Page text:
Several helicopters and fire crews had to stop working for up to an hour because the drone posed a safety hazard. Authorities did not find the drone's operator.
Authorities said lighter winds should help firefighters' efforts Thursday and that it's likely a larger percent of the fire has been contained.
The blaze that began Saturday is in the area where 19 elite firefighters died four years ago battling another wildfire.
Weather is aiding California firefighters battling a 700-acre (283-hectare) wildfire burning on the Camp Pendleton Marine Corps base and in neighboring San Clemente.
Orange County Fire Authority Capt. Larry Kurtz says the blaze is just 10 percent contained Thursday morning, but damp ocean air moved in and raised humidity levels, slowing the fire's pace to a crawl.
Some of the 200 firefighters on the scene are providing protection for nearby neighborhoods, but there are no evacuations.
California's largest fire, covering nearly 10 square miles (26 sq. kilometers) in Riverside County, is 86 percent contained.
A 400-acre (162-hectare) fire in Mariposa County on the western Sierra foothills is 10 percent surrounded.
In Los Angeles County, fires that flared dangerously close to Hollywood Hills and Burbank homes have been knocked down.
Hundreds of people forced from their homes by a southern Utah wildfire are expected to be allowed back to a ski town even as the northeast side of the stubborn blaze continues to grow.
Fire managers said Thursday that 25-mph wind gusts have pushed the wildfire near Brian Head to more than 91 square miles (236 square kilometers), though firefighters have increased containment to 15 percent.
With the blaze slackening near Brian Head, though, managers say about 750 residents will be allowed back to their homes on Friday. About 750 more people remain under evacuation orders.
Meanwhile, authorities have released 911 calls made right after the blaze was ignited by a weed-burning torch. In a June 17 recording, a man tells dispatchers he needs help with a fire getting out of control.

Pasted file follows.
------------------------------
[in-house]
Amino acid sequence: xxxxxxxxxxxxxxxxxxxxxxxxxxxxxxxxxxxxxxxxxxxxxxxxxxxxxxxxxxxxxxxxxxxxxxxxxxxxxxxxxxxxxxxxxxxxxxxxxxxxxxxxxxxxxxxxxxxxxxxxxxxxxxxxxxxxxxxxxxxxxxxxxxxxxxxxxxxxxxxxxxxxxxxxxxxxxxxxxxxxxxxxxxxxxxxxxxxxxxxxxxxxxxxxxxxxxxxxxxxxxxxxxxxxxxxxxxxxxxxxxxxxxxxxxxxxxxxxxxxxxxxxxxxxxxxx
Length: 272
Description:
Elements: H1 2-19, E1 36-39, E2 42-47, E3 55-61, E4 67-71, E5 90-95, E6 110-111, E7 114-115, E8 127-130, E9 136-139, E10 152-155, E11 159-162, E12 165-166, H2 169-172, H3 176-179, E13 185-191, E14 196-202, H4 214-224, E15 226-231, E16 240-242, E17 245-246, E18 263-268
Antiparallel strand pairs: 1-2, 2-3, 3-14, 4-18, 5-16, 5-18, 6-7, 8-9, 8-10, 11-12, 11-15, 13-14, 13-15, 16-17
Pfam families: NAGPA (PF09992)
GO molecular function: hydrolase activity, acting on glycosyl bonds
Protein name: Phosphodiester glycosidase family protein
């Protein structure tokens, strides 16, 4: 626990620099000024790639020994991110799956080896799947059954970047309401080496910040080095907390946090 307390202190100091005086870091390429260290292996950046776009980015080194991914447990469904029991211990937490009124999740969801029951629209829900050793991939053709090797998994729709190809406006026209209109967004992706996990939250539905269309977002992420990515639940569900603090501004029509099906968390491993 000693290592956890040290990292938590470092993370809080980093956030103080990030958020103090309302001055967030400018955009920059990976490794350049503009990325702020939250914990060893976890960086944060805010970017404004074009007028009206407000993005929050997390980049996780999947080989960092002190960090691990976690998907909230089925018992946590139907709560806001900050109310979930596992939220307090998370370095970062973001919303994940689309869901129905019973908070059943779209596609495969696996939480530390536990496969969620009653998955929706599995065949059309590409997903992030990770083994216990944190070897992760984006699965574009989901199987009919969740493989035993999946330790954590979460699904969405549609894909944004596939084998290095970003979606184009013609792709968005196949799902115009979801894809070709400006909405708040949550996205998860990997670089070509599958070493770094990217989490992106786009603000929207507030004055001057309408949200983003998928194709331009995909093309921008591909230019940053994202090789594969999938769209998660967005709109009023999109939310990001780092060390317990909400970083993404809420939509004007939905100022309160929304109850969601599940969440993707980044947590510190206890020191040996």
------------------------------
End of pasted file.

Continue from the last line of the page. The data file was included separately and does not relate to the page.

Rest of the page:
A drone that was spotted flying over a massive wildfire in northern Arizona temporarily grounded all firefighting aircraft Wednesday night.
Officials say the drone endangered the lives of firefighters and limited their ability. Drones are banned around wildfires.
Local authorities are investigating the incident.
The fire is burning about 15 miles south of Prescott, Arizona, and has caused thousands to flee their homes. Evacuations remain in Mayer and other towns as firefighters battle a blaze that's about burned 32 square miles (83 square kilometers) of dense shrubbery.
Over 150 firefighters worked the fire Wednesday night and made a line to keep the fire from crossing into the small town of Mayer. Authorities said higher humidity was helping reduce the intensity of the blaze.
More than 600 Arizona firefighters are bracing for persistent windy conditions as they battle a northern Arizona fire that has charred 32 square miles (83 square kilometers) of dense shrubbery.
The fire is burning in communities around Prescott, a mountain city about 100 miles (160.9 kilometers) north of Phoenix.
Yavapai County spokesman David McAtee says about 3,400 people in the area have been affected by the fire and roughly 3,000 structures in the evacuated areas were at risk. Officials are not immediately sure how many are homes.
Arizona Gov. Doug Ducey plans to visit the area Thursday.
Elsewhere in the West, a blaze burned in suburban Los Angeles, a complex of three major fires burned in Washington and more than 20 small lightning-sparked blazes were stopped in Idaho.